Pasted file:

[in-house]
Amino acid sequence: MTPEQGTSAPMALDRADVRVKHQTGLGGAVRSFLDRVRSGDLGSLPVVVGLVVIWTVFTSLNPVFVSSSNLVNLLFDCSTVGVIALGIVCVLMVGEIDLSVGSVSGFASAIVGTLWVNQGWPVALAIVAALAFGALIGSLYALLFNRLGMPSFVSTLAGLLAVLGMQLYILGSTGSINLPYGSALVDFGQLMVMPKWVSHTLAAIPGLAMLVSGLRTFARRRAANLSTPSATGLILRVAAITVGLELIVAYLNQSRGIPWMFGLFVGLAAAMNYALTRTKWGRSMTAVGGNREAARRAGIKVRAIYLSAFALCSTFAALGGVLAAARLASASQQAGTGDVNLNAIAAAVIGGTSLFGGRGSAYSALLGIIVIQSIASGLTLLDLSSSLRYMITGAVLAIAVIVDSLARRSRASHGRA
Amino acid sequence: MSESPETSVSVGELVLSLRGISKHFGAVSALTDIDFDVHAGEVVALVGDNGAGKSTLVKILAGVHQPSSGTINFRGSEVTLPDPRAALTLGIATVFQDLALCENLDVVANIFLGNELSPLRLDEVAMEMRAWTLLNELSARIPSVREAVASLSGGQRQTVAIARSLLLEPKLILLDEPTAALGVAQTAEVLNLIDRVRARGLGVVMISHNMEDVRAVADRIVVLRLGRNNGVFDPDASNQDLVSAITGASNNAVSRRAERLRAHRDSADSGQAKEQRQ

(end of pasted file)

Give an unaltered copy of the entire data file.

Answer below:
[in-house]
Amino acid sequence: MTPEQGTSAPMALDRADVRVKHQTGLGGAVRSFLDRVRSGDLGSLPVVVGLVVIWTVFTSLNPVFVSSSNLVNLLFDCSTVGVIALGIVCVLMVGEIDLSVGSVSGFASAIVGTLWVNQGWPVALAIVAALAFGALIGSLYALLFNRLGMPSFVSTLAGLLAVLGMQLYILGSTGSINLPYGSALVDFGQLMVMPKWVSHTLAAIPGLAMLVSGLRTFARRRAANLSTPSATGLILRVAAITVGLELIVAYLNQSRGIPWMFGLFVGLAAAMNYALTRTKWGRSMTAVGGNREAARRAGIKVRAIYLSAFALCSTFAALGGVLAAARLASASQQAGTGDVNLNAIAAAVIGGTSLFGGRGSAYSALLGIIVIQSIASGLTLLDLSSSLRYMITGAVLAIAVIVDSLARRSRASHGRA
Amino acid sequence: MSESPETSVSVGELVLSLRGISKHFGAVSALTDIDFDVHAGEVVALVGDNGAGKSTLVKILAGVHQPSSGTINFRGSEVTLPDPRAALTLGIATVFQDLALCENLDVVANIFLGNELSPLRLDEVAMEMRAWTLLNELSARIPSVREAVASLSGGQRQTVAIARSLLLEPKLILLDEPTAALGVAQTAEVLNLIDRVRARGLGVVMISHNMEDVRAVADRIVVLRLGRNNGVFDPDASNQDLVSAITGASNNAVSRRAERLRAHRDSADSGQAKEQRQ